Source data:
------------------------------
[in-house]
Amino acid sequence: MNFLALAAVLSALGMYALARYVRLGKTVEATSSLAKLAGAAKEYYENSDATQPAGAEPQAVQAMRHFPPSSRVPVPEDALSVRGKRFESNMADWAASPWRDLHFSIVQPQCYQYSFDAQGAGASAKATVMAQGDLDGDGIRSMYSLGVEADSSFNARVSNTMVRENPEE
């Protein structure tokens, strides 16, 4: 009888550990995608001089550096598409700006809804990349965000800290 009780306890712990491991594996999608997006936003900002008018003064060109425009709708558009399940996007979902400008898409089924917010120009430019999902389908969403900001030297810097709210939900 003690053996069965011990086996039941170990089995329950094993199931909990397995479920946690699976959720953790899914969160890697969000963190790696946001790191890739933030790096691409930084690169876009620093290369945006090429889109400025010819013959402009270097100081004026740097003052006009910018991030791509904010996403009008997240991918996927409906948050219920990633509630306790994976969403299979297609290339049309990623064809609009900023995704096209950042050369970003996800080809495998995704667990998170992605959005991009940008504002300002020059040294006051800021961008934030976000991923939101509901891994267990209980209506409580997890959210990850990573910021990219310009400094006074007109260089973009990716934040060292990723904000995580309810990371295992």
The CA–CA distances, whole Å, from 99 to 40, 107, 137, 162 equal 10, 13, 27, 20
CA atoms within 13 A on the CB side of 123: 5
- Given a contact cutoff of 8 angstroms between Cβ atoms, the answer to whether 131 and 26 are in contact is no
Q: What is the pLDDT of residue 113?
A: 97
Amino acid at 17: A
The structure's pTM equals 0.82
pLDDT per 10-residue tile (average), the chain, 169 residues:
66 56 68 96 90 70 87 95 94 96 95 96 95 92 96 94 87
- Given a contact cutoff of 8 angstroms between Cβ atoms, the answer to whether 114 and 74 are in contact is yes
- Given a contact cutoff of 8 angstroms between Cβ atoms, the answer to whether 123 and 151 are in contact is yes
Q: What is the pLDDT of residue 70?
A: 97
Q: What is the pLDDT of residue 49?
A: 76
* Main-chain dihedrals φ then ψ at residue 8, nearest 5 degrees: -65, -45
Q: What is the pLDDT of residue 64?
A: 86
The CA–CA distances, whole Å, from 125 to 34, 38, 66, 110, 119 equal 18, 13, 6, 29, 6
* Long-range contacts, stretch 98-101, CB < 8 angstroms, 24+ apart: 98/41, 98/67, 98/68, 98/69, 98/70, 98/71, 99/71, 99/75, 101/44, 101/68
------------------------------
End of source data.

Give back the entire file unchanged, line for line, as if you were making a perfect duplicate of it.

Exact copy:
[in-house]
Amino acid sequence: MNFLALAAVLSALGMYALARYVRLGKTVEATSSLAKLAGAAKEYYENSDATQPAGAEPQAVQAMRHFPPSSRVPVPEDALSVRGKRFESNMADWAASPWRDLHFSIVQPQCYQYSFDAQGAGASAKATVMAQGDLDGDGIRSMYSLGVEADSSFNARVSNTMVRENPEE
């Protein structure tokens, strides 16, 4: 009888550990995608001089550096598409700006809804990349965000800290 009780306890712990491991594996999608997006936003900002008018003064060109425009709708558009399940996007979902400008898409089924917010120009430019999902389908969403900001030297810097709210939900 003690053996069965011990086996039941170990089995329950094993199931909990397995479920946690699976959720953790899914969160890697969000963190790696946001790191890739933030790096691409930084690169876009620093290369945006090429889109400025010819013959402009270097100081004026740097003052006009910018991030791509904010996403009008997240991918996927409906948050219920990633509630306790994976969403299979297609290339049309990623064809609009900023995704096209950042050369970003996800080809495998995704667990998170992605959005991009940008504002300002020059040294006051800021961008934030976000991923939101509901891994267990209980209506409580997890959210990850990573910021990219310009400094006074007109260089973009990716934040060292990723904000995580309810990371295992």
The CA–CA distances, whole Å, from 99 to 40, 107, 137, 162 equal 10, 13, 27, 20
CA atoms within 13 A on the CB side of 123: 5
- Given a contact cutoff of 8 angstroms between Cβ atoms, the answer to whether 131 and 26 are in contact is no
Q: What is the pLDDT of residue 113?
A: 97
Amino acid at 17: A
The structure's pTM equals 0.82
pLDDT per 10-residue tile (average), the chain, 169 residues:
66 56 68 96 90 70 87 95 94 96 95 96 95 92 96 94 87
- Given a contact cutoff of 8 angstroms between Cβ atoms, the answer to whether 114 and 74 are in contact is yes
- Given a contact cutoff of 8 angstroms between Cβ atoms, the answer to whether 123 and 151 are in contact is yes
Q: What is the pLDDT of residue 70?
A: 97
Q: What is the pLDDT of residue 49?
A: 76
* Main-chain dihedrals φ then ψ at residue 8, nearest 5 degrees: -65, -45
Q: What is the pLDDT of residue 64?
A: 86
The CA–CA distances, whole Å, from 125 to 34, 38, 66, 110, 119 equal 18, 13, 6, 29, 6
* Long-range contacts, stretch 98-101, CB < 8 angstroms, 24+ apart: 98/41, 98/67, 98/68, 98/69, 98/70, 98/71, 99/71, 99/75, 101/44, 101/68